In the Cape region the last of the apples are being harvested this week, while the Western Cape citrus industry is at the start of its export programme.

In the north of the country the citrus season is fast gaining momentum and, sources said, against the prospects of a record export crop, they were keen not to fall behind in shipments. Another reason is the fact that internationally there is now good demand for citrus because of the focus of increased intake to build up immunity and therefore help cope with the Covid-19 virus threat.

The need to take advantage of a very favourable exchange rate is also driving increased interest in the export business. Gerhard van Heerden, chief executive of LINK, a shipping and logistics operator of a number of leading export companies, said that the arrival of the MSC VITA was keenly awaited.

“It is expected to make a huge difference in the much needed demand for empty containers,” he confirmed.

4          Plan to boost black citrus growers in South Africa

The Citrus Growers Association (CGA) has that a R307 million Economic Transformation of Black Citrus Growers Programme has been launched to boost the participation of black growers in the citrus export business.

The CGA says the programme is expected to create an additional 1 726 permanent and seasonal jobs in the citrus industry.

The Jobs Fund has committed R118 million to the project, with the Land Bank agreeing to contribute an additional R116 million in loan funding. The CGA has contributed R24 million, while the Department of Agriculture Forestry and Fisheries and AGRISETA have pledged R34 million and R12 million respectively.

The CGA says to qualify for funding growers have to have a minimum of 60% black ownership (of both assets and operations) as defined by the B-BBEE Act of 2013, while priority will be given to enterprises with 100% black ownership. Other criteria that need to be met include: producing or packing citrus that is exported, having appropriate management structures, relationships with external service providers (financial auditors, legal services, logistics, fruit exports etc.), human resource development plans, security of land tenure and sufficient water supply.

“Most importantly, applicants must also demonstrate that they will create permanent and seasonal job opportunities with the development funding.

5          South African citrus export season to United States gets underway

First containers on the water but first conventional vessels only expected in late June

The first South African containers of citrus fruit for the 2020 season have been shipped to the United States. Exporters say that with a good crop and growth in the late mandarin sector they are confident of a good season. “We have had excellent growing conditions with enough water to set the crop,” says veteran grower and marketer, Piet Smit, who was also a previous Chairperson of Summer Citrus from South Africa.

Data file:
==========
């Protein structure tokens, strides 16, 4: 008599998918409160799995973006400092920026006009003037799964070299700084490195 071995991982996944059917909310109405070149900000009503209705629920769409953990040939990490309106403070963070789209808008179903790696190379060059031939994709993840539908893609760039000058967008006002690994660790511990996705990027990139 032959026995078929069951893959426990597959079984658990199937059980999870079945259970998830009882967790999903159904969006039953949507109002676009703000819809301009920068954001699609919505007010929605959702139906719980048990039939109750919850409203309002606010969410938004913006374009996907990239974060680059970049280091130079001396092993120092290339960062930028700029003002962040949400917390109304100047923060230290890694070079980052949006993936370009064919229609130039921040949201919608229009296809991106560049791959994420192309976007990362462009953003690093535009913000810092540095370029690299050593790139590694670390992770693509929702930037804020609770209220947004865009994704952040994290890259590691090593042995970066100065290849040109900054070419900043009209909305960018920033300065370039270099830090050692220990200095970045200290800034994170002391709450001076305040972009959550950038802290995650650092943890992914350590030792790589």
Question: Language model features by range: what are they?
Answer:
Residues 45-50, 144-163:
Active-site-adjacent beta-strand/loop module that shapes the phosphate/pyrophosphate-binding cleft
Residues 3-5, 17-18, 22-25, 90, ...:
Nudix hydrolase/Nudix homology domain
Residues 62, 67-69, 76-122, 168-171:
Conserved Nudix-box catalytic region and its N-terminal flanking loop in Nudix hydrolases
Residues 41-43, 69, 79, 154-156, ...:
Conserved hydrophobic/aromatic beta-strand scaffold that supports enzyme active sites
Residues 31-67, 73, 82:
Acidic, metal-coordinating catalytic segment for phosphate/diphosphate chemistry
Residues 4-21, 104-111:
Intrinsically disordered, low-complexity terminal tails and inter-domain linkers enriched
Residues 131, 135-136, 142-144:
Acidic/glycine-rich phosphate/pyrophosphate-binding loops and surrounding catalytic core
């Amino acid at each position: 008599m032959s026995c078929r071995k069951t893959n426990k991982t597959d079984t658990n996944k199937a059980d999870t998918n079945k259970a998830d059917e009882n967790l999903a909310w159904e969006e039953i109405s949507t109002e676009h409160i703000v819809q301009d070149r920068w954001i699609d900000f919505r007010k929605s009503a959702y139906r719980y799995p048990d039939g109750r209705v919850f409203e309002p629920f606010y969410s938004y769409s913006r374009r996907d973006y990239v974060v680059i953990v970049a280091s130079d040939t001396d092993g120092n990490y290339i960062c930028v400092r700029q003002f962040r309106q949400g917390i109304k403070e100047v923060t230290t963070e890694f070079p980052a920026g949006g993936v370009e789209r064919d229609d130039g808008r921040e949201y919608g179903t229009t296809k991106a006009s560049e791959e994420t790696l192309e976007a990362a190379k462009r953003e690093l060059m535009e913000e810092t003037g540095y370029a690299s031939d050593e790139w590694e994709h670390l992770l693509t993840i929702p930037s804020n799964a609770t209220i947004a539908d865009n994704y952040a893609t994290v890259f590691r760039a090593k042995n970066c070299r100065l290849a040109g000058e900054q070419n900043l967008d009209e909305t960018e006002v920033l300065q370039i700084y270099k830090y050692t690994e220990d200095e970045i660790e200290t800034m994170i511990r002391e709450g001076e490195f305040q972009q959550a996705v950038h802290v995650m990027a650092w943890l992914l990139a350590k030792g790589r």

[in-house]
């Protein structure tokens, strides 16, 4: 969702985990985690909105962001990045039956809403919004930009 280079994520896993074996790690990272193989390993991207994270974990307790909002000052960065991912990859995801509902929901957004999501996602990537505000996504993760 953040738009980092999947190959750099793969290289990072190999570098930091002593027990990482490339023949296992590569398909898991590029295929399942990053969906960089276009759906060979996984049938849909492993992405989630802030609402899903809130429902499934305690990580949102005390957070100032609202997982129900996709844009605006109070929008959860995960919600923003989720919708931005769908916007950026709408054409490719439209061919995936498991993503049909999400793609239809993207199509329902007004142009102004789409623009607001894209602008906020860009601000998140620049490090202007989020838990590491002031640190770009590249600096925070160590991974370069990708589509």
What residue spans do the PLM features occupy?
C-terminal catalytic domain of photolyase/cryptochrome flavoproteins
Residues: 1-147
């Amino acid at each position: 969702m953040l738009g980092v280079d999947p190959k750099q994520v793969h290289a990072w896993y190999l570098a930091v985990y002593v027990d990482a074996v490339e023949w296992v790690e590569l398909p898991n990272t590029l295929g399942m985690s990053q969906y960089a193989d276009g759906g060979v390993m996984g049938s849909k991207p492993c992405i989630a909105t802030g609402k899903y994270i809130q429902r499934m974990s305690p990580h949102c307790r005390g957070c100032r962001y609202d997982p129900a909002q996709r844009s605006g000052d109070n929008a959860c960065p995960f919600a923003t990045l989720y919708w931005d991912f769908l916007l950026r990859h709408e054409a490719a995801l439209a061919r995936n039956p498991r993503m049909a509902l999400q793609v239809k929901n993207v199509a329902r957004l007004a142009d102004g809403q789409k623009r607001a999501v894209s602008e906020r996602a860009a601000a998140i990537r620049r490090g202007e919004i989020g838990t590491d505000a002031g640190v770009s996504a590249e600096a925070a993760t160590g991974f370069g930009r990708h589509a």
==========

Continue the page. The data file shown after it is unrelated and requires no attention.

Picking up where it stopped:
Summer Citrus from South Africa is the umbrella under which exporters and growers in the Cape have been united for more than two decades to build their US citrus campaign. It was started early in 2000 with leading figures, Piet Smit, Hannes de Waal and the late Gerrit van der Merwe.

It combines the efforts of the export industry to promote Summer Citrus from South Africa, but most importantly also coordinating shipping to ensure regular fresh arrivals throughout the season while promoting healthy competition between exporters and receivers in the USA.

6          Lock-down in South Africa boost pineapple sales

Magic of a different kind in the skins of the pineapple

While increased intake of fresh fruit and vegetables are reported from around the world as people look for the best ways to build immunity against Covid-19, there are also other reasons why some fruits are experiencing a boom.

In South Africa the lock-down has meant that all liquor outlets have been closed and the movement of all forms of liquor banned. Not to be deter by the shortages of their favourite drinks, some South Africans have gone back to old recipes to make their own drinks.

In the northern country areas and the Karoo those who still brew a very strong drink they call ‘Witblitz’ or in English ‘White Lightening’, all from fruit the old-timers are opening up their cellars to quench the thirst.

More popular however is the making of beers from all kinds of fruit.

Errol Morgan of Execufruit at Johannesburg Fresh Produce Market told Eurofruit this week that the price of pineapples has gone through the roof. “It is not because of the health-giving quality of the fruit – they pay more than R220.00 per carton simply to make pineapple beer. It is all in the skin which is the key ingredient you need.”

Pineapple Beer is a South-African traditional recipe. People often recall that their parents and grandparents made this regularly. Others say their parents used various grains to do the same.

One blogger recalls that she has been making pineapple beer from a young age. Whenever she managed to salvage some pineapple peels before it went to the compost heap, she would drop it in a bowl with some water and sugar and let it stand. A few days later she had some sweet, pineapple flavoured water with a few bubbles.

She says there was a need to refine things somewhat. She had to improve the flavour and taste – just like good fruit tree breeders would do. But there had to be a bit more buzz from the brew.